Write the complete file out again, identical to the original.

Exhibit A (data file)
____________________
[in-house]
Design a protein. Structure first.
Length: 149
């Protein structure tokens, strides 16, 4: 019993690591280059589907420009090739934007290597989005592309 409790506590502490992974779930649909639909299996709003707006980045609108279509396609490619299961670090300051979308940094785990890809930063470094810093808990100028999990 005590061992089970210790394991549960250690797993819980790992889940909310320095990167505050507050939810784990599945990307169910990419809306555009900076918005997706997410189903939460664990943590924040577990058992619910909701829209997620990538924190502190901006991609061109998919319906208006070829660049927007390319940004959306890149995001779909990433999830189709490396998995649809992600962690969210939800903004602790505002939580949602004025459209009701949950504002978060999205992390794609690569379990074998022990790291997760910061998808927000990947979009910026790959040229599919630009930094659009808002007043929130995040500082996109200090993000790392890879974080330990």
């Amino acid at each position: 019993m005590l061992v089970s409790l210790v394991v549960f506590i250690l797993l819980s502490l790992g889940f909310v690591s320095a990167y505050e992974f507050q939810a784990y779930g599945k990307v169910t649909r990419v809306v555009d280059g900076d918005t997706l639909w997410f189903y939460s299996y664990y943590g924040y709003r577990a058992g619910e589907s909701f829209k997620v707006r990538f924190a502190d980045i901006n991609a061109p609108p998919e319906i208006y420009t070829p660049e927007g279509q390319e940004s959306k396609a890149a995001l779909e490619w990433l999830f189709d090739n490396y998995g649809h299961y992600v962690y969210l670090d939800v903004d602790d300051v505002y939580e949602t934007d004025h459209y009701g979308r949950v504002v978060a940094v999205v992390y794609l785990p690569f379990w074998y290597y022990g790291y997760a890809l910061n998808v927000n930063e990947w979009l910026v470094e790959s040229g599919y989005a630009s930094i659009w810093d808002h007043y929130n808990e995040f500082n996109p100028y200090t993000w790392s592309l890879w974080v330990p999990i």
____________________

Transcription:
[in-house]
Design a protein. Structure first.
Length: 149
């Protein structure tokens, strides 16, 4: 019993690591280059589907420009090739934007290597989005592309 409790506590502490992974779930649909639909299996709003707006980045609108279509396609490619299961670090300051979308940094785990890809930063470094810093808990100028999990 005590061992089970210790394991549960250690797993819980790992889940909310320095990167505050507050939810784990599945990307169910990419809306555009900076918005997706997410189903939460664990943590924040577990058992619910909701829209997620990538924190502190901006991609061109998919319906208006070829660049927007390319940004959306890149995001779909990433999830189709490396998995649809992600962690969210939800903004602790505002939580949602004025459209009701949950504002978060999205992390794609690569379990074998022990790291997760910061998808927000990947979009910026790959040229599919630009930094659009808002007043929130995040500082996109200090993000790392890879974080330990």
């Amino acid at each position: 019993m005590l061992v089970s409790l210790v394991v549960f506590i250690l797993l819980s502490l790992g889940f909310v690591s320095a990167y505050e992974f507050q939810a784990y779930g599945k990307v169910t649909r990419v809306v555009d280059g900076d918005t997706l639909w997410f189903y939460s299996y664990y943590g924040y709003r577990a058992g619910e589907s909701f829209k997620v707006r990538f924190a502190d980045i901006n991609a061109p609108p998919e319906i208006y420009t070829p660049e927007g279509q390319e940004s959306k396609a890149a995001l779909e490619w990433l999830f189709d090739n490396y998995g649809h299961y992600v962690y969210l670090d939800v903004d602790d300051v505002y939580e949602t934007d004025h459209y009701g979308r949950v504002v978060a940094v999205v992390y794609l785990p690569f379990w074998y290597y022990g790291y997760a890809l910061n998808v927000n930063e990947w979009l910026v470094e790959s040229g599919y989005a630009s930094i659009w810093d808002h007043y929130n808990e995040f500082n996109p100028y200090t993000w790392s592309l890879w974080v330990p999990i």